Garrus nodded to himself. That explains the jamming. Whatever happened, they couldn't get their backup communications online in time. The faster he could link up with the rest of the crew, the better. Using the video sight on the barrel of his pistol he scanned the immediate area. As far as he could tell from the position of the pair below him, the entrance to the terminal was empty. Most important, the rest of the Eclipse troops were a good thirty meters away. The only thing between the guards and reinforcement were dozens of empty benches facing grease-covered windows with a view of empty space in front of closed gates that might never see use again.

He clipped the pistol back to his thigh and brought up the Mantis. It was ridiculous to even think of shooting a target at such a close range with the sniper rifle, but it could kill an armored target with one shot to the head, and Garrus needed that kind of stopping power right now. He extended the barrel and buttstock into firing position, let his breath out slowly, aimed, and fired.

The human's armored head snapped back, the round glowing lenses of his helmet now separated by a perfectly clean black circle. He was dead before his body collapsed to the floor.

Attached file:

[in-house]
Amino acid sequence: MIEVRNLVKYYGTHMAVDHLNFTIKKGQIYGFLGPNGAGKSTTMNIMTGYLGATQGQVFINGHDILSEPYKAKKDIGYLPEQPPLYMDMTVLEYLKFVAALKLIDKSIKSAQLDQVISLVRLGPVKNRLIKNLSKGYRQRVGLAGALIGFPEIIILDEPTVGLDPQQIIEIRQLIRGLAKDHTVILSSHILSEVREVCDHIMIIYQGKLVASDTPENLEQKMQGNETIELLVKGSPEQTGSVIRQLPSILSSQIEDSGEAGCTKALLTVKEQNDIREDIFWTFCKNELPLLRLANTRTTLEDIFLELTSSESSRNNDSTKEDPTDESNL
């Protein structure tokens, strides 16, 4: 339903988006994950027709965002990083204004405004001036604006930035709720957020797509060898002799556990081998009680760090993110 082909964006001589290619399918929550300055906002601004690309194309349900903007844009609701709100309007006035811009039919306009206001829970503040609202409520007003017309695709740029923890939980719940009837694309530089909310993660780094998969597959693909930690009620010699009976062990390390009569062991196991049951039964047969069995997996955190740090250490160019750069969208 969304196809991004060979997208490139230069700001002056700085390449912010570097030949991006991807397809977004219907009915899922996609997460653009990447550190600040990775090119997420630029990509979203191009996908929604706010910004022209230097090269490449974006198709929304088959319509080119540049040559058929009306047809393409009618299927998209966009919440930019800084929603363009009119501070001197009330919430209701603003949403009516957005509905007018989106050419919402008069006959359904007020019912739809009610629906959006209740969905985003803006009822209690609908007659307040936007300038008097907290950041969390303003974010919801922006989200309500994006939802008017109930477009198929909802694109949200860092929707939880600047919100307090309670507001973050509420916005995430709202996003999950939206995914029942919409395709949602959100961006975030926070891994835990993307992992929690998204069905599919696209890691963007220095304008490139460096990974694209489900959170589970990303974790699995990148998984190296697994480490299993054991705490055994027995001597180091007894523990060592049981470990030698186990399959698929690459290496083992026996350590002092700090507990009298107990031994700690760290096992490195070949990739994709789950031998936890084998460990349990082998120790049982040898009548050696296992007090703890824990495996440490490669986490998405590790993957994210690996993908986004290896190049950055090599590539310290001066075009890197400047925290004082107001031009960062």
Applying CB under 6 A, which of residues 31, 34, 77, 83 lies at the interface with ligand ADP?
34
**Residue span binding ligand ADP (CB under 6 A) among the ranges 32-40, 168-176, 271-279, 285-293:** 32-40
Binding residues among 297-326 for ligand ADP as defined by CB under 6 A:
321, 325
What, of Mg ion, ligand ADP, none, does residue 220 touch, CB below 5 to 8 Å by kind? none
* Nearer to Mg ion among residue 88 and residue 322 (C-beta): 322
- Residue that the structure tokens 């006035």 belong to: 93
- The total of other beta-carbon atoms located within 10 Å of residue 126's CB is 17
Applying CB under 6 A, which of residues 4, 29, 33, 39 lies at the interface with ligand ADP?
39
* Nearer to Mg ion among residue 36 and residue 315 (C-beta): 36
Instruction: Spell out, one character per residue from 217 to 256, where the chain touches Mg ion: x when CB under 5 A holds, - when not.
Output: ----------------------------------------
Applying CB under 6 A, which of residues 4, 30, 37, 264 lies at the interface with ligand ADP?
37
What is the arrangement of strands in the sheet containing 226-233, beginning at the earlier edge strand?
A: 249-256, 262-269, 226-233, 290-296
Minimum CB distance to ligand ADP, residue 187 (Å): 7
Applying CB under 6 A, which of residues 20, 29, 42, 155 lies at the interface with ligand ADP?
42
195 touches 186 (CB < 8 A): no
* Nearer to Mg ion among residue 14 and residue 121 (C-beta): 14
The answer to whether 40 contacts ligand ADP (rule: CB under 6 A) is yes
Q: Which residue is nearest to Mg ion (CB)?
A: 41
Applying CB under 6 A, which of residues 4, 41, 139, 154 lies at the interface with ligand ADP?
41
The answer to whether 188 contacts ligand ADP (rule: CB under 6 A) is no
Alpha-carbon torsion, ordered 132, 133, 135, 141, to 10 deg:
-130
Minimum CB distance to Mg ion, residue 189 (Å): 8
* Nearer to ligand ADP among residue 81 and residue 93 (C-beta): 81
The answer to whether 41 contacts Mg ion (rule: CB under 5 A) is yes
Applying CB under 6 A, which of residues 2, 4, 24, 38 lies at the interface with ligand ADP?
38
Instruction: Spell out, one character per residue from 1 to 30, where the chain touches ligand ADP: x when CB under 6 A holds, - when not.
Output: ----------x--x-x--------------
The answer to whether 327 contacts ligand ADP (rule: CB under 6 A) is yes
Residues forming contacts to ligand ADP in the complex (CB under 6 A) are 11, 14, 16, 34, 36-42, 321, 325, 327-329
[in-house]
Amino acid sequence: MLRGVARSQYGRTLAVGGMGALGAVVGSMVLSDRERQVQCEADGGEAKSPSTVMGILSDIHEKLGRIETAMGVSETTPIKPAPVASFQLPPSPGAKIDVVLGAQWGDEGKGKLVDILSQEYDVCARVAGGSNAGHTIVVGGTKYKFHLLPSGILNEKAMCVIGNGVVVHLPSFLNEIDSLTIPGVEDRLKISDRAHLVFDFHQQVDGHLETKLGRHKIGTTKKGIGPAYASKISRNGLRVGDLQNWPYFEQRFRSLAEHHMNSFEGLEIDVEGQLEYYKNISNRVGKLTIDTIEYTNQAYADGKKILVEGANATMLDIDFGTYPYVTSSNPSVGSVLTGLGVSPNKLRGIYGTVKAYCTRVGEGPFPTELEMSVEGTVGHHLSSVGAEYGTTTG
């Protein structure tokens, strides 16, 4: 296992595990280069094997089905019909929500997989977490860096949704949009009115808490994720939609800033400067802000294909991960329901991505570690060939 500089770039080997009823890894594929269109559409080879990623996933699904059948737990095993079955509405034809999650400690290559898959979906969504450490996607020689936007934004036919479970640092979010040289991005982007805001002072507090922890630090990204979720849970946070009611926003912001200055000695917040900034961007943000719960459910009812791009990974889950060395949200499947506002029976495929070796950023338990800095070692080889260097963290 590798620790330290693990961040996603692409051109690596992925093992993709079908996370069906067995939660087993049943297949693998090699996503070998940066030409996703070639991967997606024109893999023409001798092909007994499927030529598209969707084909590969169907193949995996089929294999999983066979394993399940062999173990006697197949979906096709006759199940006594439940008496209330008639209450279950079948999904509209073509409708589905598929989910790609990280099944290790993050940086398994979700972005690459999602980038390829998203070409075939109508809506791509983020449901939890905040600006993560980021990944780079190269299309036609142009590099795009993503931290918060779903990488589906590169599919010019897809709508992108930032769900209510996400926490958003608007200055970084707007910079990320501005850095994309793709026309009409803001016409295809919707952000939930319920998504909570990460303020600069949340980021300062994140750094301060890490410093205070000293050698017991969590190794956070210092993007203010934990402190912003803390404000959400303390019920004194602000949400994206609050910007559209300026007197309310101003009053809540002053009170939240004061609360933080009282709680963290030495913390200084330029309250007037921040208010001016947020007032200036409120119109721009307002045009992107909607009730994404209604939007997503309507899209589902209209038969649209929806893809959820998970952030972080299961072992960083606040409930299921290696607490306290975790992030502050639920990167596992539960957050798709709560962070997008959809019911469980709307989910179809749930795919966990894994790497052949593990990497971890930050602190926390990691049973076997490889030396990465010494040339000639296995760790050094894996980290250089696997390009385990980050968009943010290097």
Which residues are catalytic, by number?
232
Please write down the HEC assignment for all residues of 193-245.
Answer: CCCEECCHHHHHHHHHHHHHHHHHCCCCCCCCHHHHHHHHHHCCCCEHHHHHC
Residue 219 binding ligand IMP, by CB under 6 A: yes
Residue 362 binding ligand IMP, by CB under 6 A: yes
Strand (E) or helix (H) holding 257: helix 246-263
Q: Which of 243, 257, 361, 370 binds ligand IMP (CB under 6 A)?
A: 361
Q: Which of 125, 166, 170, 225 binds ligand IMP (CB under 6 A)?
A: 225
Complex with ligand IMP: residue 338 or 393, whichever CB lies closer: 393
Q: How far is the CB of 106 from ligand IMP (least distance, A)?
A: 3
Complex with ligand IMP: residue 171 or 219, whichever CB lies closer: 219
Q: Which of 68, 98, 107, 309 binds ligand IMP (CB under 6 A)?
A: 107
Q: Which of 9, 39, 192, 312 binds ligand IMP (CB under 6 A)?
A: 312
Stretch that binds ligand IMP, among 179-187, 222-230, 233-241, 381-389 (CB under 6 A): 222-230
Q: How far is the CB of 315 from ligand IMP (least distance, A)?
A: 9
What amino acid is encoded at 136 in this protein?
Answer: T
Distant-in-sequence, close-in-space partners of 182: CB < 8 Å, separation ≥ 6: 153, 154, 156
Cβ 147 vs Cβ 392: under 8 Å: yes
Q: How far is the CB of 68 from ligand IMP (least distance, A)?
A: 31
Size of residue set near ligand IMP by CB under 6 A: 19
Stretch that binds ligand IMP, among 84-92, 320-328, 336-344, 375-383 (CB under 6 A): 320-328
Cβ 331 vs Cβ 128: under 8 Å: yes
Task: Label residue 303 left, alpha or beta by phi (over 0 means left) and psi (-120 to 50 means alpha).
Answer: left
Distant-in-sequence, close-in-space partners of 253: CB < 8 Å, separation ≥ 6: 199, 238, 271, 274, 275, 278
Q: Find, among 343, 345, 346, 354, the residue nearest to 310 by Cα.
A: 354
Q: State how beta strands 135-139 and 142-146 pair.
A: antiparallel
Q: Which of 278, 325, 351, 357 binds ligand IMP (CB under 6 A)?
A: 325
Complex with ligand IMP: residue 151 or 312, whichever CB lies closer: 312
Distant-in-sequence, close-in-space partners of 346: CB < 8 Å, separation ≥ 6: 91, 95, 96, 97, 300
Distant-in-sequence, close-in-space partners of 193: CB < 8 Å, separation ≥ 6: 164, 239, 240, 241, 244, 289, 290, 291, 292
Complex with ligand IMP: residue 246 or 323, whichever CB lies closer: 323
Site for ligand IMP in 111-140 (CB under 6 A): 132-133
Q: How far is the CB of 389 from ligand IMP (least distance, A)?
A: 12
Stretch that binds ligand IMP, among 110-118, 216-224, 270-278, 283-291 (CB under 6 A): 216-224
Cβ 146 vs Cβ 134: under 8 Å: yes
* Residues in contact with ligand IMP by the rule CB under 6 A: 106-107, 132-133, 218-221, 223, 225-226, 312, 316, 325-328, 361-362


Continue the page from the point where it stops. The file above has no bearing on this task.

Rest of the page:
The salarian jumped at the rifle's report directly above and brought his rifle reflexively to his shoulder when a blue anvil crashed through the flimsy plastic ceiling tile on top of him. Garrus let the Mantis drop to the floor as he slammed the salarian bodily into the wall, his shoulder pinning the salarian's rifle against his armored chest. Garrus grabbed each of his armored horns in his hands and using his own mass as a counterweight flipped him over his shoulder with a sharp twist. The merc's scream ended with the abrupt snap of his neck.

That one's for you, Thane. Garrus ducked against the wall as hypersonic rounds shrieked by. The troopers down the corridor heard his shot and were responding. As he predicted, though, they were a good thirty meters away, and firing on reflex without taking aim.

He reached down for his Mantis, swung around the corner into the main hallway and at the same time unslung his vindicator. Behind cover as he was, he had no shot at any of the Eclipse mercs or freelancers, but he didn't need it. Instead, he aimed at the observation windows only five meters away. Round after round smacked into six centimeters plexi designed to withstand a meteorite but not twenty of the armor-piercing type. The door-sized pane cracked, splintered, then exploded into the blackness of space creating an instant vortex of litter sucked in from all directions.

The Eclipse troopers were protected against vacuum, Garrus knew but he freelancers would have a tougher time of it. He cared about neither because the end result was the same: they were all trapped beyond the massive emergency bulkhead that slammed shut, sealing the terminal branch from the rest of the station.